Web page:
Ishtiaq Ahmed, a Pakistani-American taxi driver from Brooklyn, claims his license was suspended and his livelihood interrupted after police framed him for an assault that never happened and arrested him in his mosque as a retaliation for enforcing social distancing guidelines.
Ahmed was arrested for the alleged assault in June of 2021, but Brooklyn prosecutors dropped the case shortly after for lack of evidence. Now, the 41-year-old, whose taxi license was suspended while he was facing charges, is suing the NYPD in federal court and demanding unspecified compensation and punitive damages for the upheaval the arrest caused him and his family.
The arrest was made by an officer from the 70th Precinct, who’d been previously disciplined on two separate occasions for issues related to arrests or summonses. The NYPD declined to comment on the incident, citing pending litigation.
Ahmed’s ordeal began while volunteering at the Makki Masjid Mosque in Midwood, helping congregants comply with COVID social distancing rules, according to his civil complaint. Ahmed claims officer Natasha Moseley-Jones became annoyed when he prevented her from entering an area deemed “overcrowded.”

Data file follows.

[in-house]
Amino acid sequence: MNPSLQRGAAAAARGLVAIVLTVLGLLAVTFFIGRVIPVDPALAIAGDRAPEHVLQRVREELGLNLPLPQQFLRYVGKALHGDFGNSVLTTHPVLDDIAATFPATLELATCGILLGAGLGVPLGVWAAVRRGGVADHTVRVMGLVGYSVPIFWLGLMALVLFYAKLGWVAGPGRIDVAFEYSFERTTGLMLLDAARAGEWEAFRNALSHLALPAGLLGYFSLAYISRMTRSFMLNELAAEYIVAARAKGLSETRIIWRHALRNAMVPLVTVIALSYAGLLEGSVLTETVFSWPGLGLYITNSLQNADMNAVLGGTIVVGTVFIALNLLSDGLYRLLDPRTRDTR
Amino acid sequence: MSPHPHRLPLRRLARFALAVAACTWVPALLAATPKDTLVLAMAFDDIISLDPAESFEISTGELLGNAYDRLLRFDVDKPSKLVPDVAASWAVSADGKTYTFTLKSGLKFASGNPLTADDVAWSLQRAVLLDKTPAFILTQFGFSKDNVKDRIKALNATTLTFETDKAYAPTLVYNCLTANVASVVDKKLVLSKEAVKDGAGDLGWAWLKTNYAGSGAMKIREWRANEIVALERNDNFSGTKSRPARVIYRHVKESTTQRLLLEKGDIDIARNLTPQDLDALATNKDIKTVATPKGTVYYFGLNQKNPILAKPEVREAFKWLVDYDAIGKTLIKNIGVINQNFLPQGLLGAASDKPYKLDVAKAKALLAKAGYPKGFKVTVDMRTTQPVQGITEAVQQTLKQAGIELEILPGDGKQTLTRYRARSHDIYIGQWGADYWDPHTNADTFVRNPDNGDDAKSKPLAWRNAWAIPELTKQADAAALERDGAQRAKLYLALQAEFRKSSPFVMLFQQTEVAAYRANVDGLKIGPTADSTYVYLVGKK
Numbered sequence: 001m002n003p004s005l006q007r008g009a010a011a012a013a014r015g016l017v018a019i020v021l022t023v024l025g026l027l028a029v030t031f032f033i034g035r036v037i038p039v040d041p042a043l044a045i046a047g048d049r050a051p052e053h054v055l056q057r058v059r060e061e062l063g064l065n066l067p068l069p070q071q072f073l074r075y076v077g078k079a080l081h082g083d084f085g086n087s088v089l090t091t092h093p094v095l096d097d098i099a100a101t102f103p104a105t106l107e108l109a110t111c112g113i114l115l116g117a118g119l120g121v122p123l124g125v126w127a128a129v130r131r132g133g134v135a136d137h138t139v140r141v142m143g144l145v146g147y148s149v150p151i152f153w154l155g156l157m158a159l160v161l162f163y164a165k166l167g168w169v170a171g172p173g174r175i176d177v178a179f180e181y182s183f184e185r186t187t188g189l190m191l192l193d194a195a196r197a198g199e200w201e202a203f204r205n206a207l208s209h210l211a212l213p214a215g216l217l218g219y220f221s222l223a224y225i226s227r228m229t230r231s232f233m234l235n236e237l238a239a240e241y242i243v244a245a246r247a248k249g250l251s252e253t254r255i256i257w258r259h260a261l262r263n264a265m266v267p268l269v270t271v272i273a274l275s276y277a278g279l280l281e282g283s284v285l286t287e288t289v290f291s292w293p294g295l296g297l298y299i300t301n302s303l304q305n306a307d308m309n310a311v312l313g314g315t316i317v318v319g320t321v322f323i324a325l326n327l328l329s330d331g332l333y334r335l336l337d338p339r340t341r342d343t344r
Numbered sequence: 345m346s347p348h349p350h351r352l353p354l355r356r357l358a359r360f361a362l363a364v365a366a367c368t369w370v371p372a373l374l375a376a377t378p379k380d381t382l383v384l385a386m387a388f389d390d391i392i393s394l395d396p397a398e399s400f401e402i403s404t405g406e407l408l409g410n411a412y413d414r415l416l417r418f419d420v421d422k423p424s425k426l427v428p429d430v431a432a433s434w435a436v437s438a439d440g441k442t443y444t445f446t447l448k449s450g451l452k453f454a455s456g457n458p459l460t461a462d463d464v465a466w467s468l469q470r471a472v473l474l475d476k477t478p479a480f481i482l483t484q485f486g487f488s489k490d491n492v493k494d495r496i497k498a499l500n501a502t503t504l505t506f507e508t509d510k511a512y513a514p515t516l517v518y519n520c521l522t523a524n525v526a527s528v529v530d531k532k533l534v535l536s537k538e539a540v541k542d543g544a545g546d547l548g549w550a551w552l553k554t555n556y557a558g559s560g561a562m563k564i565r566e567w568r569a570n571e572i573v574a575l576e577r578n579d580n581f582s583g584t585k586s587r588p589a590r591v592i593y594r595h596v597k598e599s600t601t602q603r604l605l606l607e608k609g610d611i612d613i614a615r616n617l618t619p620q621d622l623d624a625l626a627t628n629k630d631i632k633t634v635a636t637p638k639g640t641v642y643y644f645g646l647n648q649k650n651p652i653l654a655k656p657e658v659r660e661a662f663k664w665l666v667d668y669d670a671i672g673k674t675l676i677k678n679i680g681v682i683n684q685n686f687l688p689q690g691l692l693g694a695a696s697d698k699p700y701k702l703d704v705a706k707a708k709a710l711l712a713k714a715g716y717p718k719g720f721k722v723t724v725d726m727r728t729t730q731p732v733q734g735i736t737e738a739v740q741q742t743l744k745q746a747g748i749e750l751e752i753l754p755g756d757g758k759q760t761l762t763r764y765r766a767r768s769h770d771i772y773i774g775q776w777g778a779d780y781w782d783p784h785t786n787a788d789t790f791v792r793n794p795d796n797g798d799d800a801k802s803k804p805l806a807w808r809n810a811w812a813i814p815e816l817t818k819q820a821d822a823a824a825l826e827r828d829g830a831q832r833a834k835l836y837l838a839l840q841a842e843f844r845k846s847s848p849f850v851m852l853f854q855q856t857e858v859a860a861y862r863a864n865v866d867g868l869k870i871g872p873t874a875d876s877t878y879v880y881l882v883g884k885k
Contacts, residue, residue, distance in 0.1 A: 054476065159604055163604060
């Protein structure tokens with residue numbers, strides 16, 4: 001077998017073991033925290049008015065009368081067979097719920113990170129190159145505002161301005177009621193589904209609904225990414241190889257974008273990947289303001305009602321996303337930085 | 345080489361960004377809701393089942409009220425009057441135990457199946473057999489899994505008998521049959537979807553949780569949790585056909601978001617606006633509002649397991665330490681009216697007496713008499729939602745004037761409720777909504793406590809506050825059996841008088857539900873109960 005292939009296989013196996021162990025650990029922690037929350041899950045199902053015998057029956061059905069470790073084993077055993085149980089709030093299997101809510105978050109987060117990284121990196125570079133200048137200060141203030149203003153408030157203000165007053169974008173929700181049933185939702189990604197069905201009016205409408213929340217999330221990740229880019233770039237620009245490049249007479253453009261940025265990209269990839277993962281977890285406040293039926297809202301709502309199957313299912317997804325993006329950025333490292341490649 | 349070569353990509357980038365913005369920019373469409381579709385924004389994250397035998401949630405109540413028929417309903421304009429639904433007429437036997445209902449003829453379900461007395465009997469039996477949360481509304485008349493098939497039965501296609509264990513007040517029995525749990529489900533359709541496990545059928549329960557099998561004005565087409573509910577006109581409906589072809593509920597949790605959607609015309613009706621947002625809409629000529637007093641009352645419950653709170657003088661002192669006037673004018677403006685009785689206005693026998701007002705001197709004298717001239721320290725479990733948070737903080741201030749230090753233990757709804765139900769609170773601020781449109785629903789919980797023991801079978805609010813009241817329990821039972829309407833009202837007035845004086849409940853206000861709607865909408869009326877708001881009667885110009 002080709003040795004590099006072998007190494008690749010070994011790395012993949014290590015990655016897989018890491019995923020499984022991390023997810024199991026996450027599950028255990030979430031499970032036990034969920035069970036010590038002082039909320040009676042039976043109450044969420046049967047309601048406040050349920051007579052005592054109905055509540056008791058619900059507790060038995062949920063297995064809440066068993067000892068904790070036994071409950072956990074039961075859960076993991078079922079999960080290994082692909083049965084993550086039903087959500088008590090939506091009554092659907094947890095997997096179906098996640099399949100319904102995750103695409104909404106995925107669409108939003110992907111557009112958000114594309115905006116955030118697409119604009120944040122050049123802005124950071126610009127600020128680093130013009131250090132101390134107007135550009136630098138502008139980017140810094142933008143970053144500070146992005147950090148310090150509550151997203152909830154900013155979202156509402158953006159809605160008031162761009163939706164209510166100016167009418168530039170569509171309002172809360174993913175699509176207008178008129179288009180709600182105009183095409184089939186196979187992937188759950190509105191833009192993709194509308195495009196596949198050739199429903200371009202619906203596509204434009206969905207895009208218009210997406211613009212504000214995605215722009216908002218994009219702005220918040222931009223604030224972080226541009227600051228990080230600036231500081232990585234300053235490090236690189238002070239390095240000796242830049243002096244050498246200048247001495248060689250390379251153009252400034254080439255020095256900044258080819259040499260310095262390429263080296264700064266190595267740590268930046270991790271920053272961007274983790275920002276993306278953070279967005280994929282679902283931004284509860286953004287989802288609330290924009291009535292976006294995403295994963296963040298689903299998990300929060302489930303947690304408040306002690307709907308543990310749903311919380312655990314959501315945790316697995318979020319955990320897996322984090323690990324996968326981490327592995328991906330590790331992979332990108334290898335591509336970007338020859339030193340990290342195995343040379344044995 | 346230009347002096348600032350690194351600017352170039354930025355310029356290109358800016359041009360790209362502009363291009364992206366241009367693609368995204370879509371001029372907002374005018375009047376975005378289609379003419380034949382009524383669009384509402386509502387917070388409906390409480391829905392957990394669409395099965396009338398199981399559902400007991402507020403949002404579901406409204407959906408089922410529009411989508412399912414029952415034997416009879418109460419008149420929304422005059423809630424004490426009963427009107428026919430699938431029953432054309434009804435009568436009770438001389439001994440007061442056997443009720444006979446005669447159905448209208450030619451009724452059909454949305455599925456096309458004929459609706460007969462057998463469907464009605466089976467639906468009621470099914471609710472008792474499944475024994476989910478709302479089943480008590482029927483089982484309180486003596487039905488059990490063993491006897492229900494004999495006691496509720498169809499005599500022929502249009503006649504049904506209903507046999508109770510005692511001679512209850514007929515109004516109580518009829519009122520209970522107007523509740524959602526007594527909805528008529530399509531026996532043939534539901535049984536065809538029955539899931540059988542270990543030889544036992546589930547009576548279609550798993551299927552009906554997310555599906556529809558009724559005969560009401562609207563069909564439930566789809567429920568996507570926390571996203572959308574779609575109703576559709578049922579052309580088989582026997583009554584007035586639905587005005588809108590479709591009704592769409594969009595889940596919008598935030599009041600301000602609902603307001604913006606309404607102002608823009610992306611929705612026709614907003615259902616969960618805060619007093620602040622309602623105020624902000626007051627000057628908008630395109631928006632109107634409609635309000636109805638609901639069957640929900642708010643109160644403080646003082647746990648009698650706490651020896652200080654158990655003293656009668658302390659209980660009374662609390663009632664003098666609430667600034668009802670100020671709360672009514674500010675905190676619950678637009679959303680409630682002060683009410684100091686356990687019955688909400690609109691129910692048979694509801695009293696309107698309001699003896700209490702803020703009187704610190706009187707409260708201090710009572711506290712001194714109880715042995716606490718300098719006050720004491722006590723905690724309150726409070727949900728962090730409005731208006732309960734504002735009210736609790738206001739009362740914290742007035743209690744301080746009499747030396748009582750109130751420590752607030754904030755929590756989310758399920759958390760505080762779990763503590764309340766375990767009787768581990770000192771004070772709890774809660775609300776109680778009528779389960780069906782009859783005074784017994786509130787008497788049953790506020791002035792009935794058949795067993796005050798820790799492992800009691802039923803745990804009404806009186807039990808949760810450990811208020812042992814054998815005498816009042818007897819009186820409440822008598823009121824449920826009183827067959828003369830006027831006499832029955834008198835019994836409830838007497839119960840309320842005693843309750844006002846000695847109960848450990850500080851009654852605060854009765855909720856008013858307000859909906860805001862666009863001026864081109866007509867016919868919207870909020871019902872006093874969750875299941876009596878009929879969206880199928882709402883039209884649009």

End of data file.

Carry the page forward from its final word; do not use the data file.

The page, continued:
Moseley-Jones filed a police report against Ahmed, claiming he assaulted another congregant attempting to enter the mosque. He was arrested a few weeks later, while again volunteering at the mosque, and spent the night in central booking. Ahmed says his wife and seven-year-old daughter were traumatized by the incident.
The alleged victim of Ahmad’s assault, Adil Khan, told police: “The only thing that happened was that we had an argument and he never touched me or beat me.”
Although the Brooklyn District Attorney’s office dropped the case, Ahmed lost weeks of work and fell behind on rent because of the suspension of his taxi license – a debt he says he’s still trying to repay a year later. Ahmed says he struggles to sleep and has suffered from severe anxiety, particularly when he sees an NYPD car.
In an interview with media outlet, THE CITY, Ahmed questioned why the NYPD chose to arrest him inside the mosque, a sacred space, rather than at his home.
“You came here [with] a big line of the police cars and too many police officers. You disrespect our religion,” he said. “You have to apologize for this one.”
Source: The City